UK: Muslim student accused of anti-Semitism wins case against politician

Conservative member of the House of Lords publicly defamed Melika Gorgianeh after she appeared on the TV quiz University Challenge.

University Challenge, a popular quiz show, has been beloved by Britons for decades [Courtesy: BBC]

A Muslim woman who received death threats after appearing on a popular British quiz show has won “substantial damages” and received a public apology from a Conservative politician who wrongly accused her of anti-Semitism, her lawyers said on Wednesday.

Melika Gorgianeh, a doctoral astrophysics student at Christ Church, Oxford University, appeared on University Challenge, a BBC show, in an episode that was aired on November 20.

It was filmed months earlier in March.

The team’s mascot was a stuffed toy, a blue octopus, and Gorgianeh was wearing a multicoloured jacket that was navy blue, orange, pink and green.

Jacqueline Foster, who holds the title of baroness as she’s a member of the House of Lords, took to X after the show was broadcast to claim Gorgianeh was wearing the colours of the Palestinian flag and was responsible for the mascot.

Neither observation was true. The colours of the Palestine flag are black, white, green and red. The mascot belonged to the team of four.

Foster described the octopus as one of the most “disgusting anti-Semitic symbols” and called for Gorgianeh to be “expelled” by her university and “arrested” by the police.

She also tagged top politicians, including Prime Minister Rishi Sunak, as well as the national communications regulator Ofcom, the BBC and the University of Oxford.

University Challenge student
Melika Gorgianeh, a fan of the University Challenge show she appeared on, said her mental health has suffered since the incident [Courtesy: Rahman Lowe Solicitors]

The story was picked up by many media outlets and seized upon on social media.

“Is This Cute Lil’ Guy an Antisemitic Hate Symbol?” asked Rolling Stone magazine in a headline, of the octopus.

David Atherton, a right-wing commentator and journalist, posted on X: “Do you think it is appropriate Melika Gorgianeh …  displayed a blue octopus, a blatant anti-Semitic trope, used by the Nazis to show how Jews’ tentacles were spread round the world? … Shame on Christ Church, shame on Oxford University.”

University Challenge is beloved by Britons. The show began in 1962 and sees university students compete to answer difficult questions by an unforgiving host. Teams are encouraged to bring along mascots.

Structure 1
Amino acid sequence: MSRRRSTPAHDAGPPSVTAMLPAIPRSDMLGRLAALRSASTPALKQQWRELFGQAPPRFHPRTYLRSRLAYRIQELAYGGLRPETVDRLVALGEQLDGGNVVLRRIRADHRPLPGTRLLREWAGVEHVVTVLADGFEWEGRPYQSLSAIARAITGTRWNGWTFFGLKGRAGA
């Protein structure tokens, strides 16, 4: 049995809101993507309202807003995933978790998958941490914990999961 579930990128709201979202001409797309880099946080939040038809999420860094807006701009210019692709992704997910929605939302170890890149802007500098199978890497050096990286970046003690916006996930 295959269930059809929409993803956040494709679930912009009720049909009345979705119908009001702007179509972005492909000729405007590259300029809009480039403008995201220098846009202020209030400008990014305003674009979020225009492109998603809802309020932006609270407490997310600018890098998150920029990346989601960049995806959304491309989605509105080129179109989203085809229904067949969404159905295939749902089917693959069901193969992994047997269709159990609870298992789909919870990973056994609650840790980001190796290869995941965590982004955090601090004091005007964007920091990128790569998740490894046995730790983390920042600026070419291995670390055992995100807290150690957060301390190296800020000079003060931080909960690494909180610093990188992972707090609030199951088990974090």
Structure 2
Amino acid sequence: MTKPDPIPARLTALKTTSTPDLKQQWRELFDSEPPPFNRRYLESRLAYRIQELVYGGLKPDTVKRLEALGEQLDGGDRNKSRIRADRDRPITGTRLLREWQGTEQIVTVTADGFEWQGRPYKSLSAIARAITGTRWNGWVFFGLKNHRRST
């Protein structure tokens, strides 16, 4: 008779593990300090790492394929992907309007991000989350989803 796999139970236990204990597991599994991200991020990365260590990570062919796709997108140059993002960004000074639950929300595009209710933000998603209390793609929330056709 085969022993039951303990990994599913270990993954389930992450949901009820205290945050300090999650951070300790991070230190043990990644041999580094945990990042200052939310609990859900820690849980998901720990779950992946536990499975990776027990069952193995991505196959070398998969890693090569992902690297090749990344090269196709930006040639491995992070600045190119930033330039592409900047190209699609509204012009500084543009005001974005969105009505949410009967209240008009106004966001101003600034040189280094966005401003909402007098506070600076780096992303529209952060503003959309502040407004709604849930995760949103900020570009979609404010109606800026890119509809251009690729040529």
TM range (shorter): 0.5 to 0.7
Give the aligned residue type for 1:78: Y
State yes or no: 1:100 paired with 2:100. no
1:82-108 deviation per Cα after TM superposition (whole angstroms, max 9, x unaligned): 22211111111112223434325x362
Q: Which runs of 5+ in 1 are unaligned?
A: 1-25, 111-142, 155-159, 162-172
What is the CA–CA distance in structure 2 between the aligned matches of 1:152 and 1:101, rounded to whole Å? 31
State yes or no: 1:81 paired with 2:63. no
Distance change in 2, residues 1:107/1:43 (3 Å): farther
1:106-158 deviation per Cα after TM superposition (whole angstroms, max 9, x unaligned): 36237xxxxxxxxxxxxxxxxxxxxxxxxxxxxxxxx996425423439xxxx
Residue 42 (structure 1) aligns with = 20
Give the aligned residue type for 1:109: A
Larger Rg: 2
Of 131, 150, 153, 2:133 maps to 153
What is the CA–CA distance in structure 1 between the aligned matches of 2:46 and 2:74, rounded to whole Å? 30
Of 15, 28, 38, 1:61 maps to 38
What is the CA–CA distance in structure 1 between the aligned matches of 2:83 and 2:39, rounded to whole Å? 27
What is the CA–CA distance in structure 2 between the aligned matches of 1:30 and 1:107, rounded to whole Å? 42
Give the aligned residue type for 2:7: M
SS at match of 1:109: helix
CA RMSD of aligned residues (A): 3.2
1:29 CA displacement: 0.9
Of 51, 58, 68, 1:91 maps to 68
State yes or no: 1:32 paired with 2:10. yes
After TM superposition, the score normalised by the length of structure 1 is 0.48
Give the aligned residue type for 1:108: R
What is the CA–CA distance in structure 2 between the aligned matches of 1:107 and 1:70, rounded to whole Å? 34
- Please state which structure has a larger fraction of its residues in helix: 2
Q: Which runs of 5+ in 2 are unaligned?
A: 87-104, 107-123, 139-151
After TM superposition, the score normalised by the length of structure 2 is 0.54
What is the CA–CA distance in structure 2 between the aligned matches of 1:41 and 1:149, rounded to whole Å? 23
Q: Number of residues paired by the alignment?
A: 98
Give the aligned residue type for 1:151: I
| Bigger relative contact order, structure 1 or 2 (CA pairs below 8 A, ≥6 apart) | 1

Ultimately, Gorgianeh’s Christ Church college rose to the occasion and won the challenge, with 155 points against rivals from Emmanuel College at the University of Cambridge, who scored 130.

The episode was broadcast weeks into Israel’s war on Gaza at a time when community tensions in Britain were rising.

To date, more than 30,000 Palestinians, mostly women and children, have been killed in the Strip, which is governed by Hamas. Israel began its military campaign after Hamas attacked southern Israel on October 7, killing 1,139 people.

While Israel has said it wants to crush the Palestinian group, international human rights groups and several world leaders are concerned about the unprecedented toll on Palestinian civilians and the unfolding humanitarian disaster.

In late November, Gorgianeh complained to the commissioner of the House of Lords concerning Foster’s conduct, but it was not upheld.

“The false allegation of anti-Semitism has had a profound and deeply damaging impact on my life. I was a student appearing on my favourite TV quiz show. All of a sudden, lies told about me, and only me, led to me receiving death threats and to my mental health deteriorating,” said Gorgianeh.

“Baroness Foster’s posts, and the posts of others who are yet to be held to account, affected both myself and my family. I felt unsafe to even leave my house.  Nobody should ever have to feel how I felt or go through what I went through. Words have consequences. And now, through her apology, Baroness Fosters’ words begin to have the consequence of healing the very real damage that had been done to me.”

Foster posted a lengthy apology on X on Wednesday, saying she “made a grave mistake in making those posts and I should not have done so”.

Zillur Rahman, Gorgianeh’s solicitor, said that statements by a person in a position of power, authority and respect, carry “far greater weight and are liable to have a far greater impact than those made by less prominent figures”.

“Baroness Foster holds a DBE, and as a lifetime peer, she is quite literally a member of the ruling class of British society,” he said.

Rahman’s firm, Rahman Lowe, did not disclose the sum of the compensation awarded to Gorgianeh.

Source: Al Jazeera